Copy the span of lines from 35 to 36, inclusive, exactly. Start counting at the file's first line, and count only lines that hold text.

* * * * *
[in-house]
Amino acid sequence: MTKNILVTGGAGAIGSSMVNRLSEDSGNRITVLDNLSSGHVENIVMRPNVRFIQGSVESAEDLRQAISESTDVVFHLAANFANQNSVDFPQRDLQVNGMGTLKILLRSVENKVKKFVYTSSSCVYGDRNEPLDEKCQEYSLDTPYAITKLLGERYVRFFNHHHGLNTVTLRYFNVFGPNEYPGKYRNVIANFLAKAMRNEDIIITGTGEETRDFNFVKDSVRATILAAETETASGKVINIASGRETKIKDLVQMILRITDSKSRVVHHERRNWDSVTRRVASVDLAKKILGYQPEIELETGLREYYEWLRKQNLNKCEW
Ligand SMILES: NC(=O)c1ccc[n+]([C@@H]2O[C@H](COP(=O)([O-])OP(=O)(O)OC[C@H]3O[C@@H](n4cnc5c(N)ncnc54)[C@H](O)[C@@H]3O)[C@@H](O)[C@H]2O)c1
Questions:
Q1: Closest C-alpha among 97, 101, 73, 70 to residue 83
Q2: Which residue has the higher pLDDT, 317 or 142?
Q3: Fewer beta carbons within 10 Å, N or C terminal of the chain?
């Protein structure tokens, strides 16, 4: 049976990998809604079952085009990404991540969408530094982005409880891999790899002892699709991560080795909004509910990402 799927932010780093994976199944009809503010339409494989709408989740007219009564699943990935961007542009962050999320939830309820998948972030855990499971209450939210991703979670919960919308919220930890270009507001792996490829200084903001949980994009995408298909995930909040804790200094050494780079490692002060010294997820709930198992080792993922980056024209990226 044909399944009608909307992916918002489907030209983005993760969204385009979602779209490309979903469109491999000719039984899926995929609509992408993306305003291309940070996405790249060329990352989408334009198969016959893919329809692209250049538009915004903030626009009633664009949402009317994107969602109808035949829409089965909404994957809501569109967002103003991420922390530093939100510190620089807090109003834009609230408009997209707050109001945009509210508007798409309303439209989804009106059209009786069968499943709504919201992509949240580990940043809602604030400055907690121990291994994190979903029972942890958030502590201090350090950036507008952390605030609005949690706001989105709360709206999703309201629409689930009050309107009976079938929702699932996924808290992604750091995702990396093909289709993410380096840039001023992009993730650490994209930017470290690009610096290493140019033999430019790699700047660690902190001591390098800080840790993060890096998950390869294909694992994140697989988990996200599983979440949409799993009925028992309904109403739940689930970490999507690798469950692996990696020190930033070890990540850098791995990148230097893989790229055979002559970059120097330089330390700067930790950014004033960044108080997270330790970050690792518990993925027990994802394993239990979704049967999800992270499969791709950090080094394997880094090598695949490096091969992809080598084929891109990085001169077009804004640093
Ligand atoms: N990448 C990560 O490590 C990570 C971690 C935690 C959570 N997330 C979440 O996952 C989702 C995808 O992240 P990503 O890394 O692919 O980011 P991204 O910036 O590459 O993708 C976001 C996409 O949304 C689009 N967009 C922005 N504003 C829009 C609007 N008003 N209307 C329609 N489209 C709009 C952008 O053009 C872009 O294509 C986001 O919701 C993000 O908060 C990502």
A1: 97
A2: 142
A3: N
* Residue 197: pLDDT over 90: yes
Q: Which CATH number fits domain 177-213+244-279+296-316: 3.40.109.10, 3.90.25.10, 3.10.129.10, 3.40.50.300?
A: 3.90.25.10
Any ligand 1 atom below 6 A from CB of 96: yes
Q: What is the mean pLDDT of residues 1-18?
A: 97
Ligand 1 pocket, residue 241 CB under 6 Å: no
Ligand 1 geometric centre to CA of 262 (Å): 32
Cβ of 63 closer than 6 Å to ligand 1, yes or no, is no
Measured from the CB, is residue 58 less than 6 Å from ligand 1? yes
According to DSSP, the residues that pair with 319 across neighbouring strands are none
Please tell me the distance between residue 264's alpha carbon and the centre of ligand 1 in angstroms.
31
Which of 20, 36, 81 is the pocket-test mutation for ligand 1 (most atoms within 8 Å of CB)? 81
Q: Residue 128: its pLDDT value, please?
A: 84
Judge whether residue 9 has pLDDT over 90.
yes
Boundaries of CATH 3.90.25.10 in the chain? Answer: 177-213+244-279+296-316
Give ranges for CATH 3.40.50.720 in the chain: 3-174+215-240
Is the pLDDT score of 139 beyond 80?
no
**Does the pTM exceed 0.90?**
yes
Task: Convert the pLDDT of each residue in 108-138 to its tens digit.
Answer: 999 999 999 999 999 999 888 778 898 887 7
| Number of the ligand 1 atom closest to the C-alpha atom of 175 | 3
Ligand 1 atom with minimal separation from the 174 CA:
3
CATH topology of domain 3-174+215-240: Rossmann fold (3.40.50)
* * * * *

**Does the pTM exceed 0.90?**
yes